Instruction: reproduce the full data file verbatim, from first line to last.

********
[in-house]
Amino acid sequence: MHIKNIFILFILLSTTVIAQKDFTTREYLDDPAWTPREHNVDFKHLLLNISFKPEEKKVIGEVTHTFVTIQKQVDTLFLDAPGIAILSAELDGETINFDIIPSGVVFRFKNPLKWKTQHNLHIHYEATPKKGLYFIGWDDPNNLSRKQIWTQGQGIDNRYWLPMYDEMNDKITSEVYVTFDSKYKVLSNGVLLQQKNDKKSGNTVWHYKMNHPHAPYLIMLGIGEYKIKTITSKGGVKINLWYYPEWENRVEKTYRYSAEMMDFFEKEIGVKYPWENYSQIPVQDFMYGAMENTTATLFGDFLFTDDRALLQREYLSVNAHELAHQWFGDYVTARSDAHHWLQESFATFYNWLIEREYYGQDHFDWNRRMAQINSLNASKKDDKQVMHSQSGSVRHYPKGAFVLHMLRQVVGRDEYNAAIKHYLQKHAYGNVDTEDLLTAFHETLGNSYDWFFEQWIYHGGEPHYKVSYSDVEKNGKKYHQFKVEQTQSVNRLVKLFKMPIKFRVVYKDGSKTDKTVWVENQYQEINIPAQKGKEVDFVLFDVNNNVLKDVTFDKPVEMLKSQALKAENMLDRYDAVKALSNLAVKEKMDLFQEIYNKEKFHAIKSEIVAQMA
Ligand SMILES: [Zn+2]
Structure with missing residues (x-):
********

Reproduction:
[in-house]
Amino acid sequence: MHIKNIFILFILLSTTVIAQKDFTTREYLDDPAWTPREHNVDFKHLLLNISFKPEEKKVIGEVTHTFVTIQKQVDTLFLDAPGIAILSAELDGETINFDIIPSGVVFRFKNPLKWKTQHNLHIHYEATPKKGLYFIGWDDPNNLSRKQIWTQGQGIDNRYWLPMYDEMNDKITSEVYVTFDSKYKVLSNGVLLQQKNDKKSGNTVWHYKMNHPHAPYLIMLGIGEYKIKTITSKGGVKINLWYYPEWENRVEKTYRYSAEMMDFFEKEIGVKYPWENYSQIPVQDFMYGAMENTTATLFGDFLFTDDRALLQREYLSVNAHELAHQWFGDYVTARSDAHHWLQESFATFYNWLIEREYYGQDHFDWNRRMAQINSLNASKKDDKQVMHSQSGSVRHYPKGAFVLHMLRQVVGRDEYNAAIKHYLQKHAYGNVDTEDLLTAFHETLGNSYDWFFEQWIYHGGEPHYKVSYSDVEKNGKKYHQFKVEQTQSVNRLVKLFKMPIKFRVVYKDGSKTDKTVWVENQYQEINIPAQKGKEVDFVLFDVNNNVLKDVTFDKPVEMLKSQALKAENMLDRYDAVKALSNLAVKEKMDLFQEIYNKEKFHAIKSEIVAQMA
Ligand SMILES: [Zn+2]
Structure with missing residues (x-):